Project Sunlight – Ghana


Health, child protection and education projects designed and run by local people, for local people, providing sustainable solutions to keep vulnerable children healthy, safe and in school – now and in the future.



Start Year:


Run Time:


Participant Age:

6-11 years

Which UN SDGs?

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What is Co-Funding?

Co-funding with the ALMT allows individuals, other Trusts and Foundations, and Companies to contribute funds directly to individual, vetted and approved, project partnerships. With fifteen years of experience awarding grants and working in partnership with children’s organisations around the world, the ALMT is best placed to support you in your philanthropy.

Due to a credit crisis, a major sponsor pulled away from one of Afrikids most crucial projects – combatting the problem of illegal child labour in the small scale Galamsey gold mines of the Talensi Nabdam District in northern Ghana. The ALMT was proud to help establish Project Sunlight to remove children from illegal sale labour. The district is rural and poor with no urban centre and very little infrastructure. Mining communities are not recognised as permanent settlements, so the government is not obliged to provide them with schools, clinics, power or water. The gold deposits in the district are not enough to attract investment from the major mining companies down south but the illegal shafts, dug over 80m deep into the ground, produce enough to enrich a few local mine owners and are a magnet for the poor, the desperate and the orphaned of the region.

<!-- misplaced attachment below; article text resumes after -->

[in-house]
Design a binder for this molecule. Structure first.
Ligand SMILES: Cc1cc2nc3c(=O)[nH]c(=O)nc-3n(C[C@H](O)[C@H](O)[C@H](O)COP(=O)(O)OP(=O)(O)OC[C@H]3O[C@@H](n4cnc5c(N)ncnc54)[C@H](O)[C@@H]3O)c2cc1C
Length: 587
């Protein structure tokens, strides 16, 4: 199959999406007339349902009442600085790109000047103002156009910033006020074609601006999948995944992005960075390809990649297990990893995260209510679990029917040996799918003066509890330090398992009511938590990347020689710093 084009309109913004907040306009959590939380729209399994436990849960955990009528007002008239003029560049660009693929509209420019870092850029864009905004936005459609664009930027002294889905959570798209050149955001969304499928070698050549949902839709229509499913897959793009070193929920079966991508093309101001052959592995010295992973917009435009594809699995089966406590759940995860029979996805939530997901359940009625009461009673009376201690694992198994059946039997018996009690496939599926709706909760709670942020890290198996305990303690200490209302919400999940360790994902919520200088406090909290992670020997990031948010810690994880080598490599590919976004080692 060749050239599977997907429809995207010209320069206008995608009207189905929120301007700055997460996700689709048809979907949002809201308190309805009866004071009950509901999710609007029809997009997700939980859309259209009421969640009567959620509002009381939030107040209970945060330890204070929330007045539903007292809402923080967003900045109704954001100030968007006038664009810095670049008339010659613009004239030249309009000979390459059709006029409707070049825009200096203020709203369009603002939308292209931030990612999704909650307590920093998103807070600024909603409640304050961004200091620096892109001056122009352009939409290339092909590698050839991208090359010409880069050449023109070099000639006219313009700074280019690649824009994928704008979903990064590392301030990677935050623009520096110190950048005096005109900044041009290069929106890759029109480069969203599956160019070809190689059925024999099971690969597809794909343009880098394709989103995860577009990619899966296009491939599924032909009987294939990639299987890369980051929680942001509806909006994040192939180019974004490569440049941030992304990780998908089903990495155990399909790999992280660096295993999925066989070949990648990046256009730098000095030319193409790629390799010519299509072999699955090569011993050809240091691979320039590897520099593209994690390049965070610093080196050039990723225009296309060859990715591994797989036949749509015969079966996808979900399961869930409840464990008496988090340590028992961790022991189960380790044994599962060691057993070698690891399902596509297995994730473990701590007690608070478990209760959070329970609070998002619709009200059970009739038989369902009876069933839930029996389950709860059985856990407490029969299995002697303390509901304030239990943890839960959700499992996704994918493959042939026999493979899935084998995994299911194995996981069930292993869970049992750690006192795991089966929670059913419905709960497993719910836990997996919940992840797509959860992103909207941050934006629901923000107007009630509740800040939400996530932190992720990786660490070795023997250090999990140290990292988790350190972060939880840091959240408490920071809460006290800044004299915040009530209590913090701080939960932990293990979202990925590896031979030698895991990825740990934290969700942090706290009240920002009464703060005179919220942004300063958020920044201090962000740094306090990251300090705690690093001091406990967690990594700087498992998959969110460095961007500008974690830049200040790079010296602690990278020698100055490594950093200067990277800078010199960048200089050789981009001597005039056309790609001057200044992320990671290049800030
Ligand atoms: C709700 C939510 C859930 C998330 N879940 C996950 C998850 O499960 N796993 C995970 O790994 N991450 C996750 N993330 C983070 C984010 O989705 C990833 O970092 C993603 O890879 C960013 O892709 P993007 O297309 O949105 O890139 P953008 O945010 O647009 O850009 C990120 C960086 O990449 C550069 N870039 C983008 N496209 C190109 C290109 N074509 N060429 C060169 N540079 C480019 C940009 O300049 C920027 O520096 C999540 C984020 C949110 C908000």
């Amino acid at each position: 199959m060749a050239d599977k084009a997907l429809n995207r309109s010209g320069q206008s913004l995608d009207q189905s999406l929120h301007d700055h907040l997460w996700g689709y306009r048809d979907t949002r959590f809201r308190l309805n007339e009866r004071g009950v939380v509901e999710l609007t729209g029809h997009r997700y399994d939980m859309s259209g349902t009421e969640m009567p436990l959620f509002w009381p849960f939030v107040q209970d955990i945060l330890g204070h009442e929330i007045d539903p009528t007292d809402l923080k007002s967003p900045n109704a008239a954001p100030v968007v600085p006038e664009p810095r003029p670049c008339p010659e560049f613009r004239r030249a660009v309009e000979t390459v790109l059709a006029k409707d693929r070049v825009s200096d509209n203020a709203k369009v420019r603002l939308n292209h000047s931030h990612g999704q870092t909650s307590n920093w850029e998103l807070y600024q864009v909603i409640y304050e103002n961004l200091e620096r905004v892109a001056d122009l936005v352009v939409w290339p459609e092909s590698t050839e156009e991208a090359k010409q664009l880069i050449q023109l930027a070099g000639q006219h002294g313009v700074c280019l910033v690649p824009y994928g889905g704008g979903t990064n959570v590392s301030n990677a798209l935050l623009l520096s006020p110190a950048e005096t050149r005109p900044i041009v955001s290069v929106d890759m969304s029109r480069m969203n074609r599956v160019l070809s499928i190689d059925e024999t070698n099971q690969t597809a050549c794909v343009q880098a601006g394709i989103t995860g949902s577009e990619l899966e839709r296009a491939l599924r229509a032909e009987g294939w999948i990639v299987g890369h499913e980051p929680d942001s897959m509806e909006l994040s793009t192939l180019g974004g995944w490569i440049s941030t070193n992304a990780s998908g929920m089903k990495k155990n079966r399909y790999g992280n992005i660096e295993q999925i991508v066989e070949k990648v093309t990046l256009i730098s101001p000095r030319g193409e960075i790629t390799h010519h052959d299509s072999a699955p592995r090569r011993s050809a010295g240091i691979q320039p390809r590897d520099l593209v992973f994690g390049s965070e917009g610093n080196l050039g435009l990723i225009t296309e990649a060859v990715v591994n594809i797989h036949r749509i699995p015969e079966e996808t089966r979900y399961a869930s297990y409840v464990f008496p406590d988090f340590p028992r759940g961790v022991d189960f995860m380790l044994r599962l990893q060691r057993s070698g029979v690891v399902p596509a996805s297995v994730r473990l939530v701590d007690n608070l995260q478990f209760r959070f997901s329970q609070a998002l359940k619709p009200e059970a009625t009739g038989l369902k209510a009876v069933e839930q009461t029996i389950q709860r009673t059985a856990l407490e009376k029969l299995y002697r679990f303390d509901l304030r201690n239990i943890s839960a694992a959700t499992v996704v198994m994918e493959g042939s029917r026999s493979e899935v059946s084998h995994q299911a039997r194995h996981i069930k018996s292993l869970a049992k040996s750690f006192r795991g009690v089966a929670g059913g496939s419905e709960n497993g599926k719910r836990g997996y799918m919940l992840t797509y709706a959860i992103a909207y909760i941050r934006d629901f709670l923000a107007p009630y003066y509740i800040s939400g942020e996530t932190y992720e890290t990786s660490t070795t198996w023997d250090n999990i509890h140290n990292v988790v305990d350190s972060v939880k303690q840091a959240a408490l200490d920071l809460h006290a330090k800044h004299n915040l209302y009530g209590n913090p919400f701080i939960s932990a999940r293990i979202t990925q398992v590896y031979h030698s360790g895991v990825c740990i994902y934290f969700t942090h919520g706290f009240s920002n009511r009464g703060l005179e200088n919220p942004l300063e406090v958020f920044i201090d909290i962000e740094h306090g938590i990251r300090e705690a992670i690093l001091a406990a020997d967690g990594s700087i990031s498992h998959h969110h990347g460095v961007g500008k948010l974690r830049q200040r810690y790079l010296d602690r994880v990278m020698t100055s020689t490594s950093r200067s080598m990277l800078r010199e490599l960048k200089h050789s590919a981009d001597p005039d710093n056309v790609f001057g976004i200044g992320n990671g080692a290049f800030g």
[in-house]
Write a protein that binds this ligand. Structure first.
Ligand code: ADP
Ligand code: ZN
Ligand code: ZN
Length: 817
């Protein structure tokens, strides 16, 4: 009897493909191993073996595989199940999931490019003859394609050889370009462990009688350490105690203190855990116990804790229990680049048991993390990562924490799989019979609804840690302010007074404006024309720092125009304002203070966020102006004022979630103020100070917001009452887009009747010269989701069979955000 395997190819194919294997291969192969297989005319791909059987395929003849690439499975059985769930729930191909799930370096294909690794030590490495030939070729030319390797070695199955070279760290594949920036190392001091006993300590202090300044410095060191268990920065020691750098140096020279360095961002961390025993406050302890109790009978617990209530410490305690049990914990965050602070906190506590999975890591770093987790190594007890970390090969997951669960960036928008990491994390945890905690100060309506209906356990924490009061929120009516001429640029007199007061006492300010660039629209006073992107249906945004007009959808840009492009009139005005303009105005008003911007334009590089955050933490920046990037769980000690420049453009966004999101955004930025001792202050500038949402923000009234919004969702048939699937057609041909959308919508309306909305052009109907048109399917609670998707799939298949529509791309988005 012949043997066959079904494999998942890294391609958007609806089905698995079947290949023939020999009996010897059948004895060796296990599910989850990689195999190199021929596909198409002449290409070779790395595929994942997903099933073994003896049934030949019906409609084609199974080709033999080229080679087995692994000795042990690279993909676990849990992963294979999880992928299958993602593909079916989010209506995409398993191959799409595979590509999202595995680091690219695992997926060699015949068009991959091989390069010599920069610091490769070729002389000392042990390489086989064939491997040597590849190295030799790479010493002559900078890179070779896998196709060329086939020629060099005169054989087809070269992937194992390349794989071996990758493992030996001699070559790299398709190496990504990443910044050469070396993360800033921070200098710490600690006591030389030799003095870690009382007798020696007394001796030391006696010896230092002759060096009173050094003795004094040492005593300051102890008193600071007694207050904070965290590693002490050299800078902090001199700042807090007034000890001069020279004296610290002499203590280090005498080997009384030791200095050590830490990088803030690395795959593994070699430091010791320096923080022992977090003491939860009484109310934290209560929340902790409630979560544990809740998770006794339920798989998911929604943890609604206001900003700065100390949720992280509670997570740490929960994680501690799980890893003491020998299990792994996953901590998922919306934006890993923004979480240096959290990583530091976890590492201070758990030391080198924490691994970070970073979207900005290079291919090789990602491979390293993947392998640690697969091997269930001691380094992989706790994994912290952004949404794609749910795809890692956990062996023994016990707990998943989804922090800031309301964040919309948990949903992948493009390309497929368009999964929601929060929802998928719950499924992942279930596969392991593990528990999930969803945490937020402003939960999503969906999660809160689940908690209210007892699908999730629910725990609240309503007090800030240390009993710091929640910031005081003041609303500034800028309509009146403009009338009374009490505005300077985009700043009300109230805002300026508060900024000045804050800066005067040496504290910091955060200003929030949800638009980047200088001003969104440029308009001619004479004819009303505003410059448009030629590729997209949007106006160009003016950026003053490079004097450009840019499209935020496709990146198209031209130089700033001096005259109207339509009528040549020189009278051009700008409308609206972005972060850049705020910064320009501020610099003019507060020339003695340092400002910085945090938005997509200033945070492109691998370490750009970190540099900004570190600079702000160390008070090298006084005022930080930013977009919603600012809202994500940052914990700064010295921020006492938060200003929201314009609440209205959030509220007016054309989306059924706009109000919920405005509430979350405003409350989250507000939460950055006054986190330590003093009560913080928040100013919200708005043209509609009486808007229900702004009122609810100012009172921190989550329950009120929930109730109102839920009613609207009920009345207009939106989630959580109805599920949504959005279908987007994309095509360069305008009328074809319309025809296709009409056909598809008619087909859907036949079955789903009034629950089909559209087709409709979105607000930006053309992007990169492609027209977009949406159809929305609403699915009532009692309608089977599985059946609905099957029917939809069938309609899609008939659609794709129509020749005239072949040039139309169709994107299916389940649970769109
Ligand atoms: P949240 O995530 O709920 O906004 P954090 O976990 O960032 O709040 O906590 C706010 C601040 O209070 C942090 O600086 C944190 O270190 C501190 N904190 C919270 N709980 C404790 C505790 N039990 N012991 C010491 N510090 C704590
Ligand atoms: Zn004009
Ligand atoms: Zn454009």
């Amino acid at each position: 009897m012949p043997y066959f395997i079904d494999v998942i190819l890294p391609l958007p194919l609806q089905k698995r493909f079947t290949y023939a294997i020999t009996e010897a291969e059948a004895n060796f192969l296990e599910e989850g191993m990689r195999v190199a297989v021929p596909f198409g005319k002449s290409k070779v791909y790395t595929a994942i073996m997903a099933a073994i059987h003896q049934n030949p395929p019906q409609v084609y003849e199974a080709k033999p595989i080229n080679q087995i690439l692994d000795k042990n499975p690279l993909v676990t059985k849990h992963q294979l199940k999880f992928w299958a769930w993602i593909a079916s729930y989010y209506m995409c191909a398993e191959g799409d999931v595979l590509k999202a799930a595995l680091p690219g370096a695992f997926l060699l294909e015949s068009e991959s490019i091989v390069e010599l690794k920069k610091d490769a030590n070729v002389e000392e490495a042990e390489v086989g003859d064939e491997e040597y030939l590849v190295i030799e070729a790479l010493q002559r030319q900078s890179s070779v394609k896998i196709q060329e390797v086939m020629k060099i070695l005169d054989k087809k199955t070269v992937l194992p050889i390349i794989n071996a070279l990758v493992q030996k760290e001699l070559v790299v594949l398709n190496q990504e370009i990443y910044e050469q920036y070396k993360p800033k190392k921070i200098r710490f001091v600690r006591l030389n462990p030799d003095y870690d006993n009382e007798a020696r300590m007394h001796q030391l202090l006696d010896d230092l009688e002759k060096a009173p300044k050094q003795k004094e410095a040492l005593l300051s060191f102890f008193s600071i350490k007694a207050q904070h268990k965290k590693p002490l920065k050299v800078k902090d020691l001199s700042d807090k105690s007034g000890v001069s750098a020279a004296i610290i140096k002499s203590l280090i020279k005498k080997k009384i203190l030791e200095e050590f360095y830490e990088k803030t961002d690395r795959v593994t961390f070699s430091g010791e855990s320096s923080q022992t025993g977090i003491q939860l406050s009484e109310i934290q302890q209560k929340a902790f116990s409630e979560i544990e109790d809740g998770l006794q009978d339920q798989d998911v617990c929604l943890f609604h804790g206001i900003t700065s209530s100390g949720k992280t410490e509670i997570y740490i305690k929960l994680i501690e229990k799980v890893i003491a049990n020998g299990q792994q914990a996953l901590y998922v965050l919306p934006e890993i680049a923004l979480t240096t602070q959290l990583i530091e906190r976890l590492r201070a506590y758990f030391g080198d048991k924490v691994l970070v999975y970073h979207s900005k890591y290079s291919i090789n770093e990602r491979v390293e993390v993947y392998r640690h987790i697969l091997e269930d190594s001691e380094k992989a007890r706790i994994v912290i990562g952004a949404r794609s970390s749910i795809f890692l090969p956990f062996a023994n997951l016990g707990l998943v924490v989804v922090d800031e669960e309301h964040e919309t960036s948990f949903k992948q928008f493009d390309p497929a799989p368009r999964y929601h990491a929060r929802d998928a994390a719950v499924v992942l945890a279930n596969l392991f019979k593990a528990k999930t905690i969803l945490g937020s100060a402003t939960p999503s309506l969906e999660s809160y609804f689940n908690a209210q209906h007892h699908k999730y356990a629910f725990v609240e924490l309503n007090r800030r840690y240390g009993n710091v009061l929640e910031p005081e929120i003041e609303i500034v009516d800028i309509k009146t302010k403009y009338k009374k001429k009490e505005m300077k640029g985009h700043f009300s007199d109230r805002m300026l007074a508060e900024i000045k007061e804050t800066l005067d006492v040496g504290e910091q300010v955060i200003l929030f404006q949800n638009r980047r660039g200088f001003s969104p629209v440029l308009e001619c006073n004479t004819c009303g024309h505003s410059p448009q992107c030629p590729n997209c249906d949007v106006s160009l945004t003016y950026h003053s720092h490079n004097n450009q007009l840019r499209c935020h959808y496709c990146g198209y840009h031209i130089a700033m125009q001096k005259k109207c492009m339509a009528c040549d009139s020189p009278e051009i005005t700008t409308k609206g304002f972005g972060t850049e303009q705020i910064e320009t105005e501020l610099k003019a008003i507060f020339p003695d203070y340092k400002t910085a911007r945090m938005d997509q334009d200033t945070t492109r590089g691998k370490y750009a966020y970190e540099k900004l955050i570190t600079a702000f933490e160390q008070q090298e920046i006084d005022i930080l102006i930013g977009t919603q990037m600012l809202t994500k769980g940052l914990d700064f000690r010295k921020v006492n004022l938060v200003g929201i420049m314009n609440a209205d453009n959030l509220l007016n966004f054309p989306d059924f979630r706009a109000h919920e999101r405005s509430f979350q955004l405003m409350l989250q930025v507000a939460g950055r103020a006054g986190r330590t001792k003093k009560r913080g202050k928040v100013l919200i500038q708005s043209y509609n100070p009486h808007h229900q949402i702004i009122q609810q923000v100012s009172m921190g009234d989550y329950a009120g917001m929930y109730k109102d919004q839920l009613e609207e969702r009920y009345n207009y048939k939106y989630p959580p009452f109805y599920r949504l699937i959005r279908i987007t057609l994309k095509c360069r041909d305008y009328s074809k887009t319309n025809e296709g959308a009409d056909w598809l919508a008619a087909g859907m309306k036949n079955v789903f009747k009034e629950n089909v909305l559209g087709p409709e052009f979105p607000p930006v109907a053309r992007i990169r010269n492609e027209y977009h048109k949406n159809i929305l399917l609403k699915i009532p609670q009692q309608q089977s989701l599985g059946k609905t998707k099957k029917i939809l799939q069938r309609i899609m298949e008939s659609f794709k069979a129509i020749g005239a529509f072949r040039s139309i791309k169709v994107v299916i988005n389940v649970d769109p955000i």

Children are cheap labour and are in the mines because they need to support themselves and their families. This destructive convergence of circumstances has meant the growth of child labour was inevitable, but the Angus Sunlight project is proving that it need not be intractable.


In the project’s first two year phase it achieved the following: 155 children from illegal labour in gold mines removed and integrated into school and vocational training, child rights clubs established in eight communities with a membership of over 475 Community child rights committees in ten communities, public recognition by mine owners that child labour should end, Micro finance and goats for rearing provided to all 155 families, National Health Insurance provided to all 155 families, Ghana Education Service successfully lobbied to build a school a new school in a mining community, recognised by the International Labour Organisation as the example of best practice for child labour programmes in Ghana.

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